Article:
Set of Gossip Girl, aka, Packer Collegiate Institute.  No celebrities yet.

Set of Gossip Girl, aka, Packer Collegiate Institute. No celebrities yet.

Then, after much shouting and fanfare, the shooting begins, and I’m kept outside the margins of the shot. Although I’m on the side of the street with the background actors, I’m not asked to jump in as one of them.  Bummer.  Costume strategy fails.

But I do manage to strike up a conversation with a young man in a St. Jude’s blazer.  He’s been here since 5:45 this morning.  And although he’s been focusing more on his own career as an off-Broadway actor, it’s not his first time working on GG.  So, what kind of gossip does he have?  I tried to get the inside track by asking him how many times he would have to walk back and forth (obviously envious of the fact that he got to be in the background of the shot).  He replied, “Between seven and thirteen.  It depends on how well the actors know their lines.  And on this show, forget it.  We could be here forever.”  Then, on the next take, the PA scolded him for talking to me, so I got no further gossip.  But I can tell you that they have people repeatedly drive by in Mercedes and Lexuses to give BK Heights a bit more of that UES feel.  Oh, and it barely merits pointing out, but isn’t there a bit of gleeful irony in the fact that Constance/St. Jude’s is actually shot in Brooklyn, a place in which Blair would shudder to set a Jimmy Choo clad toe?

So here are the money shots: Chuck and Jenny, chatting outside his limo (which is dinged up on the non-shot side and has…gasp!…Jersey tags).

Ed Westwick and Taylor Momsen.  Small and far away.  I only had my phone with me, not my camera.  Bummer.

Ed Westwick and Taylor Momsen. Small and far away. I only had my phone with me, not my camera. Bummer.

Ed and Taylor again.  By which I mean, Chuck and Jenny.  Looks like she's (thankfully) changed her hairstyle.  But his took more work from the stylists!

Ed and Taylor again. By which I mean Chuck and Jenny. Looks like she's (thankfully) changed her hairstyle. But his took more work from the stylists!

Last one.  Guess I shouldn't quit my day job(s).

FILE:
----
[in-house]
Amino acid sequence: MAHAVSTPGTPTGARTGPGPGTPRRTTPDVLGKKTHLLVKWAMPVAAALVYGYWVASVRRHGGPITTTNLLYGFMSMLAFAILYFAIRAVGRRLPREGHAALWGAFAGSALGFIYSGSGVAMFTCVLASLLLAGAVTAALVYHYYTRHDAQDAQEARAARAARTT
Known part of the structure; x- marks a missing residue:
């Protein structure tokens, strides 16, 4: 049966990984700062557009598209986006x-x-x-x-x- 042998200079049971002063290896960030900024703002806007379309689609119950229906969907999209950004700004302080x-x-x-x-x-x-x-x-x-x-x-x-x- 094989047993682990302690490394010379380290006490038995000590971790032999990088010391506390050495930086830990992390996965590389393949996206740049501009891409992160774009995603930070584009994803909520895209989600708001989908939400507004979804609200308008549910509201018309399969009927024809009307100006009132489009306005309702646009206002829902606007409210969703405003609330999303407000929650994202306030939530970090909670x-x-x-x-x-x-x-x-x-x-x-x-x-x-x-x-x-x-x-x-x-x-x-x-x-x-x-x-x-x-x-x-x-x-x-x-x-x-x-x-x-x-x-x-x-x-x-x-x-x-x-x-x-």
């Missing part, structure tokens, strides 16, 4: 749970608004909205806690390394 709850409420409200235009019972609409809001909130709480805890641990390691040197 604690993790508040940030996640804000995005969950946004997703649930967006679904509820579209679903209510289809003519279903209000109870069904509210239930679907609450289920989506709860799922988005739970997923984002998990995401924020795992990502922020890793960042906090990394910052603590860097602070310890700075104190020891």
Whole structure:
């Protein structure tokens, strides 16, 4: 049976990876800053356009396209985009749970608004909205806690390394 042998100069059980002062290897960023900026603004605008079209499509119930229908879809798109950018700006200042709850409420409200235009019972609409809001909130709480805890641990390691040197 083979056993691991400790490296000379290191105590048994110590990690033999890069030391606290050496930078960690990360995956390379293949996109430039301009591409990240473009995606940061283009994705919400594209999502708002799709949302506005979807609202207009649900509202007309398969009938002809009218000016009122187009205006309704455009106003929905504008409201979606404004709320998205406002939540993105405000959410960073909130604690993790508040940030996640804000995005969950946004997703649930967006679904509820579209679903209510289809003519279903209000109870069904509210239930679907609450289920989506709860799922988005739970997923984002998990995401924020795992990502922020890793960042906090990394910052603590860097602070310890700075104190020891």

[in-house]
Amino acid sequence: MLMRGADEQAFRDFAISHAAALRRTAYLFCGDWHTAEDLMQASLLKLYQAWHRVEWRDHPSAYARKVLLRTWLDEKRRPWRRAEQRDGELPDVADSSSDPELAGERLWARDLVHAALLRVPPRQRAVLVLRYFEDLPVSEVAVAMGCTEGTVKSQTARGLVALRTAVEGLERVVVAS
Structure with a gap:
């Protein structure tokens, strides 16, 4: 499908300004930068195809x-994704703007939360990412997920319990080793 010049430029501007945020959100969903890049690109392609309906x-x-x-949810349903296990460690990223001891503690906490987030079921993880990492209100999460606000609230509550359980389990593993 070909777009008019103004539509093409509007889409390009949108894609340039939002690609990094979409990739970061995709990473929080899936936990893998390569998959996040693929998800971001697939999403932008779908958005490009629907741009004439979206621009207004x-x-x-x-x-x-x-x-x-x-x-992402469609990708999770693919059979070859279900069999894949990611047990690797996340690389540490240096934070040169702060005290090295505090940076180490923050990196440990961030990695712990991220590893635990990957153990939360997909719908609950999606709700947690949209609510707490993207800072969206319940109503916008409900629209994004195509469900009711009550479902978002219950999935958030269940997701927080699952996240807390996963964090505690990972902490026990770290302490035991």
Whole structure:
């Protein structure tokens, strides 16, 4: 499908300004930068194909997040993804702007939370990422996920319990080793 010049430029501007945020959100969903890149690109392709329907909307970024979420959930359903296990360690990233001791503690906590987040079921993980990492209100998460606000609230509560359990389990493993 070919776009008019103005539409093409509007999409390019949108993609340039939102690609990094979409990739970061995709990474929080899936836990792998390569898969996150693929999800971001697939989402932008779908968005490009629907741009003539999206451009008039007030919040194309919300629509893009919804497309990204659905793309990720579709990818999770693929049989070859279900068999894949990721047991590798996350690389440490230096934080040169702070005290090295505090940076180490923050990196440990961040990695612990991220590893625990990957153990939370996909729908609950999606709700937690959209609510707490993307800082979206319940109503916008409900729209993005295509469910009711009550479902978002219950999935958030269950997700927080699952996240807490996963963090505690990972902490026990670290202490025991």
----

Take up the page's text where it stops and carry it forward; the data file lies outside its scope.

Last one. Guess I shouldn't quit my day job(s).

So, having failed to become an extra or get a good picture with my phone, I set off for Trader Joe’s, where I learned that looking like a UES lady-who-lunches at the Cobble Hill Trader Joe’s earns you plenty of attention.  But not so much that I won’t try again next time…

You know you love me.


Awkward Girl


Is this John?

Double-awk?  Heck, at this point, we can’t even call it single-awk because no one has been posting.  Sorry about that.  I’d like to be able to blame my absence on another exciting vacation, or a bout of extreme productivity on the book, but I can’t.  I’ve been spending most of my time stressing about selling our beautiful condo (email me if you or someone you know is interested), and giving myself bloody manicures as I creep on creative writing MFA acceptance blogs.  I have no news (of my own, at least) on that front.  I do know that Unsaid is into Alabama, Indiana, and Southern Illinois-Carbondale for poetry, that Amy Charles’s posts often inflame other readers, and that reading these blogs can get in the way of basics like showering and leaving the house.

I do have one further bit of excitement to share: the face-recognizer in the new version of iPhoto, which I obtained courtesy of Dad, who is always kind enough to get family packs when he purchases new software.  Thanks, Dad!

It works like this (completely non-technical explanation): you identify a person in a photograph, and then it goes through all of your other photos looking for that person.  As you refine its understanding of what given people look like, it continues to sort your photos and help you label each one according to who is in it.  As you work with a given person, it pulls up other photos who it thinks might be of that person, then asks, “Is this _______?”  The technology is pretty impressive, but some quirks quickly emerged.

1.  Bad pictures of my friend Katherine look like me.  This was not pleasing.  Katherine is a beautiful woman, but any time there was an unflattering photo of her, iPhoto thought it was me.  When she looked like her normal gorgeous self, it knew just who she was.